Maxey has a history of taking on a sport, squeezing all she can out of her body and her instructors, and then going on to another challenge while still competing in the previous ones. In high school she played varsity volleyball, basketball and softball before going off to the Olympic Training Center for what would have been her senior year (she graduated as a junior). There she made herself ride the same workout as Roy Knickman, a member of the '84 Olympic team. "I overtrained and burned out," admits Maxey.
For as long as she can remember, Maxey has been interested in contact sports. There have always been outlets for boys, but not for teenage tomboys. It was in Colorado Springs that Maxey, then 16 and single, discovered and fell for martial arts. Judo became her passion.
She moved to Rochelle, Ill. to train with judo instructor Bill Maxey, 35, chief scout of U.S. Judo, Inc. To support herself, she mowed lawns in a cemetery and slung pies at the local Pizza Hut, all for the privilege of working out four or five times a week with Maxey. She married him 1½ years after arriving in town.
Bill approves of his wife's wrestling—as long as it doesn't interfere with her judo and sambo competitions. He doesn't like the fact that because she is not on the Northern Illinois first team, she had to pay for her own hotel room at an away meet. "Northern Illinois eats up the publicity but won't give her a scholarship," he says.
Last fall Brenda went to see the women's athletic director, Susie Pembroke-Jones, about a scholarship. "She told me, 'We have to take care of our own first,' " says Brenda. "I got upset. I mean, what am I?"
Jerry Breitbarth didn't know who his opponent would be in the consolation round of the Illini Open last month. He kept listening for the announcements. "When they said Brenda, I said uh-oh," he recalls. "I thought, Oh man, this is it, the most important match of my life." He could see the headlines: GIRL BEATS BREITBARTH. The match went the distance, with Breitbarth winning 6-0 on points. "She's really strong," he said, gasping for breath a few seconds after it was over. "I'll tell you, she wrestles better than a lot of guys."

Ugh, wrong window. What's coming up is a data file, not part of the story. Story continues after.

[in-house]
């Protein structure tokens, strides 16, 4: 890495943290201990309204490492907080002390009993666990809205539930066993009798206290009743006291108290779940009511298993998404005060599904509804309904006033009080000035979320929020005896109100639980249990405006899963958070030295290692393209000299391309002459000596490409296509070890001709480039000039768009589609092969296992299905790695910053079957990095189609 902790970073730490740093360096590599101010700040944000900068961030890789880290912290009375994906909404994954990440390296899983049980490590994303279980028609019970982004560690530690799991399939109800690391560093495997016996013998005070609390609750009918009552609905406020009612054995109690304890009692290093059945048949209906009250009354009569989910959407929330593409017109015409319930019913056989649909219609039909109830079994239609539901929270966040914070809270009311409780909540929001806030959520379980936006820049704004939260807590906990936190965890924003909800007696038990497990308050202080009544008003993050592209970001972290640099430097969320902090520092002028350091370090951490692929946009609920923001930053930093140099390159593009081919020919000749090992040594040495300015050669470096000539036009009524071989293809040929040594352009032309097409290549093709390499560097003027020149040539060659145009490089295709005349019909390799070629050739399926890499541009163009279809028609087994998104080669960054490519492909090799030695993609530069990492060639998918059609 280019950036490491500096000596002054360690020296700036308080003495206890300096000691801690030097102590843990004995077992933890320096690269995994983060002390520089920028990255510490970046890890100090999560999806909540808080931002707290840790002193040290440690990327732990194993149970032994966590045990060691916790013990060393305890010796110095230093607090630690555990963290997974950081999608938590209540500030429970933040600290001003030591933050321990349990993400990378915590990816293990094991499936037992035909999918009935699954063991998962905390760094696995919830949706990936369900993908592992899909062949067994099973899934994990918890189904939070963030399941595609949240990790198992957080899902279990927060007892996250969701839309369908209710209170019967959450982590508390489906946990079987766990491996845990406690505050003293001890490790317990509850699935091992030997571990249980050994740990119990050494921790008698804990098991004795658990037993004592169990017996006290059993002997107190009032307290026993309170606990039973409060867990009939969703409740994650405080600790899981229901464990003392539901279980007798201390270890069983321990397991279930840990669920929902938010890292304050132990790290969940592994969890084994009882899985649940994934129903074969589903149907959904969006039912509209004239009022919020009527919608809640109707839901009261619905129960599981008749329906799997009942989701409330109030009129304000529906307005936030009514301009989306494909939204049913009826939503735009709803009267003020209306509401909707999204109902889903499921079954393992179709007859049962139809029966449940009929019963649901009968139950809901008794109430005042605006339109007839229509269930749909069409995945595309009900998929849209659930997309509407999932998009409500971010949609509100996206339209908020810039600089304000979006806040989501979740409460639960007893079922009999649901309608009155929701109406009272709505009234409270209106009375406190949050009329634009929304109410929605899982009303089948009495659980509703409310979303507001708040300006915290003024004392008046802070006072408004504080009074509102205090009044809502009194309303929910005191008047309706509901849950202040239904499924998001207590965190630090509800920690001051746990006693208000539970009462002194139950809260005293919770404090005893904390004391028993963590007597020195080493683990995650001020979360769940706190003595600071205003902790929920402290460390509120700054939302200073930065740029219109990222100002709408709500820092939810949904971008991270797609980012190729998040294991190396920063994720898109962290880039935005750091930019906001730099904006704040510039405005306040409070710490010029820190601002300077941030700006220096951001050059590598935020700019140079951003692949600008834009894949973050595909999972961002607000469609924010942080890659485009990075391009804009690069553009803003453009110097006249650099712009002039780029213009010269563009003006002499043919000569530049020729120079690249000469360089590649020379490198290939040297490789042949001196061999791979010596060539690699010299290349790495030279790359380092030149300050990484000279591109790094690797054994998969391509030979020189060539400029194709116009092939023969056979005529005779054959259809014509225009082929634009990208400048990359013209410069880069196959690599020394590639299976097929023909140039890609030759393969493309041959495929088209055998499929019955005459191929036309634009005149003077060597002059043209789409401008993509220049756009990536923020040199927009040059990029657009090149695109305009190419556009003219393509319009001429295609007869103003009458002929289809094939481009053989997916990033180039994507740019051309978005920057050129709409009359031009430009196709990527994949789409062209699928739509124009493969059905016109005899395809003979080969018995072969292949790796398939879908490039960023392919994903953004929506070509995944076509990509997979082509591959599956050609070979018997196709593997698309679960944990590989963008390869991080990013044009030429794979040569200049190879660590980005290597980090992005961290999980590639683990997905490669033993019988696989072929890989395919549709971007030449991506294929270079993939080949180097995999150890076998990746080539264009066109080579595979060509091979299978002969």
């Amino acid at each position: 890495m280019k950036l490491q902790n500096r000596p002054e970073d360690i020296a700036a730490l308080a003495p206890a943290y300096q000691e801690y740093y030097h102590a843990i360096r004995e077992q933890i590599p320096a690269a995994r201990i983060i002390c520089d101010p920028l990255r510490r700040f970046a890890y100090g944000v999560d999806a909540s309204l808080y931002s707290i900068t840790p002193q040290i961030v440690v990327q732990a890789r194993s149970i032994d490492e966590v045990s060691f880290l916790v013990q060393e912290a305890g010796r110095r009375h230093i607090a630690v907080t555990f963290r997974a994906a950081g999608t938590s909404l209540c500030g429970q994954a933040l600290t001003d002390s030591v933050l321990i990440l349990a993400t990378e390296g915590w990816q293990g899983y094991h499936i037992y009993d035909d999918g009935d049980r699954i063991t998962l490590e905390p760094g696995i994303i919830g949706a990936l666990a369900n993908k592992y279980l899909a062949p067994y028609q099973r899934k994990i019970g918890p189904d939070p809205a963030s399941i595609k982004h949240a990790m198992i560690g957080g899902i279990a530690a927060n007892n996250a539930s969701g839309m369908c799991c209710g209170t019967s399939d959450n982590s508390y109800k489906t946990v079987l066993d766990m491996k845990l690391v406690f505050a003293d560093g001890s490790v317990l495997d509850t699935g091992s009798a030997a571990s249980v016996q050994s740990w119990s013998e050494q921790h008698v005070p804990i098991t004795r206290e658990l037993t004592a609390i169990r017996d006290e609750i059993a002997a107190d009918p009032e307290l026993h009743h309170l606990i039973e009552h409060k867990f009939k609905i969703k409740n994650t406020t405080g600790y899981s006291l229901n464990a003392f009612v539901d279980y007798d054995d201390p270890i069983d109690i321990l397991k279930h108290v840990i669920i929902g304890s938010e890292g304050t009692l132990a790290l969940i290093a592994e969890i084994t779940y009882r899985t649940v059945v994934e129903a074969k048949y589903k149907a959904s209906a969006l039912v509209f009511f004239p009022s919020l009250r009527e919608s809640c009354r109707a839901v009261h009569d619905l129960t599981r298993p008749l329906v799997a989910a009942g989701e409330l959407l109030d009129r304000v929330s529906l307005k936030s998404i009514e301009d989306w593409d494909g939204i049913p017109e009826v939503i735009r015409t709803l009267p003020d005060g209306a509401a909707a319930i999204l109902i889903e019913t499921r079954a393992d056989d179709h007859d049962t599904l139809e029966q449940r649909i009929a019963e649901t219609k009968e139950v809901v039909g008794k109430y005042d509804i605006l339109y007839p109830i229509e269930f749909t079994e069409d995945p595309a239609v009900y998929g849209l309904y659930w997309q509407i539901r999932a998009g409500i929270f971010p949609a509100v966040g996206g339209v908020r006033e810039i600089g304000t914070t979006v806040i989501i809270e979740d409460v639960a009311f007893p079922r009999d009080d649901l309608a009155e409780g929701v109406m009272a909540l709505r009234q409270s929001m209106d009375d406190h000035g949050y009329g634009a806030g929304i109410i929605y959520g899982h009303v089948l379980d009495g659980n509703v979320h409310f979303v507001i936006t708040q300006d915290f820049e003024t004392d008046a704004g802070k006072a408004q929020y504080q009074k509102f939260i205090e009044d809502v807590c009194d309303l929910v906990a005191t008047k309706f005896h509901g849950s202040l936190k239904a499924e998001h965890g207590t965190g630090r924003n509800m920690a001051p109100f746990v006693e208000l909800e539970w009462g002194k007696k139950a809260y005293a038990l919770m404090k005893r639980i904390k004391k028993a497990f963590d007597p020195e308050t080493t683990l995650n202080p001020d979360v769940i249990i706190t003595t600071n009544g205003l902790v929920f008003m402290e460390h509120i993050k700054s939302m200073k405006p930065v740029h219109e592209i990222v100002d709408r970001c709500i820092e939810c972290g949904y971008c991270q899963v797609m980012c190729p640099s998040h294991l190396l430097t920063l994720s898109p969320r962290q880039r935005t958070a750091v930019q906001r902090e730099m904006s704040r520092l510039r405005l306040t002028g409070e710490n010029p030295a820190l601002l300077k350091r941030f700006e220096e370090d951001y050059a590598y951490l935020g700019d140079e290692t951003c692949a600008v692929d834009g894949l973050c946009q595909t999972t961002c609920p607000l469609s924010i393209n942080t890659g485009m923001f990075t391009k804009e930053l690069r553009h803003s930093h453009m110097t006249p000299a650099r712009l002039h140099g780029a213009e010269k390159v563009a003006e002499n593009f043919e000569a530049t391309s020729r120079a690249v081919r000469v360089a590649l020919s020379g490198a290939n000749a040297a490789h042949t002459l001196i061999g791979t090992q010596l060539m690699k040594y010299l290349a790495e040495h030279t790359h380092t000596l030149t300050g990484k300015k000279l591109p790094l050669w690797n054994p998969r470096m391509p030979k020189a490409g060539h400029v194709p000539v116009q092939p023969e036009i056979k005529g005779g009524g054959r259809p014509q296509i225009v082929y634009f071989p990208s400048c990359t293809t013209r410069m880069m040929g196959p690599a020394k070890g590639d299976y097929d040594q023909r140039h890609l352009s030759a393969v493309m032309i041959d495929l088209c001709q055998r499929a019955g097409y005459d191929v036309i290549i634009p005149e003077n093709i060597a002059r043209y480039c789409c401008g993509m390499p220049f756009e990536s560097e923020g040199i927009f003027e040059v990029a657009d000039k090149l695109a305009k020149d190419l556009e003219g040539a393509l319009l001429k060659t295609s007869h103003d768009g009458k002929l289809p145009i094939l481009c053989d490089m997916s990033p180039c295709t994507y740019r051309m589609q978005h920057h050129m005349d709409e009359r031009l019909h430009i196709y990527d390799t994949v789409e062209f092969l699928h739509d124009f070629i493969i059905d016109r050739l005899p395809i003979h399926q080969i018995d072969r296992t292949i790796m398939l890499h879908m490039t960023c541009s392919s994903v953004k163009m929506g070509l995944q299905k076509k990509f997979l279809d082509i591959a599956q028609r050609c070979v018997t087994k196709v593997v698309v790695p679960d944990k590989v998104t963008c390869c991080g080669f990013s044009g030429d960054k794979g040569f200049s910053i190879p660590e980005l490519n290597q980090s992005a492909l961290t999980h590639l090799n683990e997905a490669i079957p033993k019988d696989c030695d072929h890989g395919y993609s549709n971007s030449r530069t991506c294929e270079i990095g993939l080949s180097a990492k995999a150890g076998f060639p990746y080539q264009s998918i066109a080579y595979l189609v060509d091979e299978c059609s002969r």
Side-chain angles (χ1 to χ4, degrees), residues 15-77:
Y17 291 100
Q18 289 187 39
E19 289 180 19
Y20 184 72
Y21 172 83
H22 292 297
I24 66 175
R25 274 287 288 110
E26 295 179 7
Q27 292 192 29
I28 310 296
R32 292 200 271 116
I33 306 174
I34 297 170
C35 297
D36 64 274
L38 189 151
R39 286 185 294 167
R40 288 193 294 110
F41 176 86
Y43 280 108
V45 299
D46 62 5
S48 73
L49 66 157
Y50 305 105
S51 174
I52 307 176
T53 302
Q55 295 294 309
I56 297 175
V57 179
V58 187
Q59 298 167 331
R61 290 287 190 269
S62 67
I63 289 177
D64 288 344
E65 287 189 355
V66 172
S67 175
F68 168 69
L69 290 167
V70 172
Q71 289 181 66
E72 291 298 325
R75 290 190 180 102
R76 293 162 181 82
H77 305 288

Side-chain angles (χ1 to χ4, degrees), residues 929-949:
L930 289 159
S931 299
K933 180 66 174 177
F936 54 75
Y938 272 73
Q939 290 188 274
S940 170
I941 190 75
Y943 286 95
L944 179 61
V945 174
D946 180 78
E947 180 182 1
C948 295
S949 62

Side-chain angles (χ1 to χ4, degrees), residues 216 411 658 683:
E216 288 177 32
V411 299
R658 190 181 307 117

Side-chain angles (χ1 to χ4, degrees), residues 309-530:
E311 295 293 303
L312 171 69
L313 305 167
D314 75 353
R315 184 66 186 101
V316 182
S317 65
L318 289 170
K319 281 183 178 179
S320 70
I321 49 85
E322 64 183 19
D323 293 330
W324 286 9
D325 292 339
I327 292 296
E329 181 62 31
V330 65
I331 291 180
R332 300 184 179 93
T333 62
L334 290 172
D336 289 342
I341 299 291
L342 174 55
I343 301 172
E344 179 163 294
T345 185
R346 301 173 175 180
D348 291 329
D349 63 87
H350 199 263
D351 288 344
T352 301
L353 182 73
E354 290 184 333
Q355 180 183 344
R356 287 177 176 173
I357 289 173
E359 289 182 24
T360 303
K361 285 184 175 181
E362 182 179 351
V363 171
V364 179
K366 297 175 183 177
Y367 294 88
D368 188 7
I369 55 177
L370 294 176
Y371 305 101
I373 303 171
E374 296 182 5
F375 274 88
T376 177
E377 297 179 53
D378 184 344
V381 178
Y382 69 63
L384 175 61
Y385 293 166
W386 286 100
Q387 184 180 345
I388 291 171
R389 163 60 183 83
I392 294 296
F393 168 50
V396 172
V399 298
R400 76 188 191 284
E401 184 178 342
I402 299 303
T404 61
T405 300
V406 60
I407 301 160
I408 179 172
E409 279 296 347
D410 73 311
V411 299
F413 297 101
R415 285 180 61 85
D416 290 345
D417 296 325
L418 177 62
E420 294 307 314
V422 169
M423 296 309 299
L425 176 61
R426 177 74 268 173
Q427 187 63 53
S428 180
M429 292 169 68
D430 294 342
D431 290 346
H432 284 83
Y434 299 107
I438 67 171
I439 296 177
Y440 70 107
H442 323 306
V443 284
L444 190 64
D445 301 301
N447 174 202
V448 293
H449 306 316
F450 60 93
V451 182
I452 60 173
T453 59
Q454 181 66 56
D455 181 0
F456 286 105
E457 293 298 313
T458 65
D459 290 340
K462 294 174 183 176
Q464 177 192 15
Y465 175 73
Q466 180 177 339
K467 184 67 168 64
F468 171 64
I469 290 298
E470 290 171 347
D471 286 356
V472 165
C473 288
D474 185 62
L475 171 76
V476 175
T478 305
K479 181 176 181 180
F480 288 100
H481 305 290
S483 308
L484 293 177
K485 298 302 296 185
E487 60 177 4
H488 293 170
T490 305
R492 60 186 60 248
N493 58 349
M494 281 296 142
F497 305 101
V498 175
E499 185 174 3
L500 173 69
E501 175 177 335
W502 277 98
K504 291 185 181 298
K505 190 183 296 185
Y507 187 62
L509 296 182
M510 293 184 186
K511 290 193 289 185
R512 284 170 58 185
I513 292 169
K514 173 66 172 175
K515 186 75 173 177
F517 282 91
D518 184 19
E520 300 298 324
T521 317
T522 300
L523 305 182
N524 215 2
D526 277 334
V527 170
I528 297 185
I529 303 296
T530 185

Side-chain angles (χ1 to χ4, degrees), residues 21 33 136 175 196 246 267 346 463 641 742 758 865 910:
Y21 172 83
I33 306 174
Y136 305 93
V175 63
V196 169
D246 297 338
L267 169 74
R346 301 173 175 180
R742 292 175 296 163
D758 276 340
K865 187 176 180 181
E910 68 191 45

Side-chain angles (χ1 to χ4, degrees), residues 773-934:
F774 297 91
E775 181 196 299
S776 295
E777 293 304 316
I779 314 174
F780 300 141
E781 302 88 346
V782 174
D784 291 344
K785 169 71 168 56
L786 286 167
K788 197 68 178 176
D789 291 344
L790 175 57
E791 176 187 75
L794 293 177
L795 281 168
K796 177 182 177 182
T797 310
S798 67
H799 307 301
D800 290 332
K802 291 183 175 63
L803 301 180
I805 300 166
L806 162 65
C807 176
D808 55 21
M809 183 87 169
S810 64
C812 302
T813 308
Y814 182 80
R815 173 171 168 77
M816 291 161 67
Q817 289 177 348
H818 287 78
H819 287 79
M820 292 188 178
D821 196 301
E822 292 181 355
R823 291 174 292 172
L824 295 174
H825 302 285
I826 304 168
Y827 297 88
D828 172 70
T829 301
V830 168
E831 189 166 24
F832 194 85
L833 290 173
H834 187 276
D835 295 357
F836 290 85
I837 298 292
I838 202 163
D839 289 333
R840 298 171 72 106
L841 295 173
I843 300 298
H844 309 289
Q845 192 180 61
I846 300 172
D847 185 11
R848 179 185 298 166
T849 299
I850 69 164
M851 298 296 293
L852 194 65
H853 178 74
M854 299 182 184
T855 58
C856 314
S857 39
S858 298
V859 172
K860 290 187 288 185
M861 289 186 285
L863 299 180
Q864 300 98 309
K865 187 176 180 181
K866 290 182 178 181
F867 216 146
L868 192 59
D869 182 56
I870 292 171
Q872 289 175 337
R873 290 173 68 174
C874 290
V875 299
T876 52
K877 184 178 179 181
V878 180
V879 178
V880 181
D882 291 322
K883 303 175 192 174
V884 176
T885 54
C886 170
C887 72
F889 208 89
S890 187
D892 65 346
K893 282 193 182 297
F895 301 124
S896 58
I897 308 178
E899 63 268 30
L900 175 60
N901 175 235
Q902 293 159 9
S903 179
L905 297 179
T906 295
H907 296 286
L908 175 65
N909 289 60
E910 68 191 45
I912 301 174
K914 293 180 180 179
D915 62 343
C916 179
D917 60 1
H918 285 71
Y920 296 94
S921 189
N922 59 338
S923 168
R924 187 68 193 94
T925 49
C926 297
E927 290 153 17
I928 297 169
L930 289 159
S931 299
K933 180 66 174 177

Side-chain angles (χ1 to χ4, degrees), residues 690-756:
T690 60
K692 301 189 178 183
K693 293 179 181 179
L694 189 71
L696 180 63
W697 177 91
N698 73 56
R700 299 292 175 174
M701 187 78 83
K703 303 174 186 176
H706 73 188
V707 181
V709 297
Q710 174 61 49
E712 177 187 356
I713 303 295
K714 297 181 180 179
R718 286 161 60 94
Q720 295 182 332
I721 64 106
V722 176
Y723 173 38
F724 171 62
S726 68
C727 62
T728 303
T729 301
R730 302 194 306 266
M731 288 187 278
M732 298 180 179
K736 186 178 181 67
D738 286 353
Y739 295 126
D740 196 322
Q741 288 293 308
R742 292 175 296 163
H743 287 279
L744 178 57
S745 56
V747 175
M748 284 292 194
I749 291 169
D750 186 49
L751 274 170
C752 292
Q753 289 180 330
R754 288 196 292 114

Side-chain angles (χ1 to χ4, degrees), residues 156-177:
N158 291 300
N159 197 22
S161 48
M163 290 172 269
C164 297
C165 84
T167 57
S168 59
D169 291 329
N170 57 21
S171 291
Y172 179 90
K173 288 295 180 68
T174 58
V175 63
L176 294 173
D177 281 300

Maxey had a solid shot at being Northern Illinois's No. 1 wrestler in the 118-pound category this season, until Flavin recruited a top Illinois high school wrestler, Tony Calderone. The differences between the two are typical of the gap that still exists between top men and women athletes in many sports: He is stronger. Though virtually the same height and weight as Maxey, Calderone, who wrestled at 112 pounds in high school, can bench-press 235 pounds to Maxey's 170. And he has been competing longer. At seven, Calderone was the 50-pound Chicago City champ. Maxey started wrestling just two years ago. Perhaps the greatest difference is that Calderone was encouraged. "The wrestling coach in my high school wouldn't give me the time of day," says Maxey. "Imagine how good I would be now. Some days I get abused and I wonder why I'm doing this. But then I'll do something I haven't done before, and I'm so happy, I'm flying. I'm building a foundation."
Maxey is pleased with how well she now fits in on the team. Every time she takes someone down in practice, the entire team says, "Oooooooo." "She's great at underhooks," says Calderone.
For most men the prospect of losing to a woman is petrifying. Last year, a highly ranked wrestler from Louisiana State confided in Flavin that he was scared to death to face Maxey. This year, eight wrestlers came out for the 118-pound class at Northern Illinois. Only Calderone, Maxey and Jim Lancaster remain. "Everyone I could beat quit," says Maxey. "No one is going to stick around and get his butt kicked by a girl."
That's exactly what Joe Arminis of Triton College was thinking when he drew Maxey in the first round of the Illini Open. "If I had lost, I would have retired," says Arminis; he won the match easily.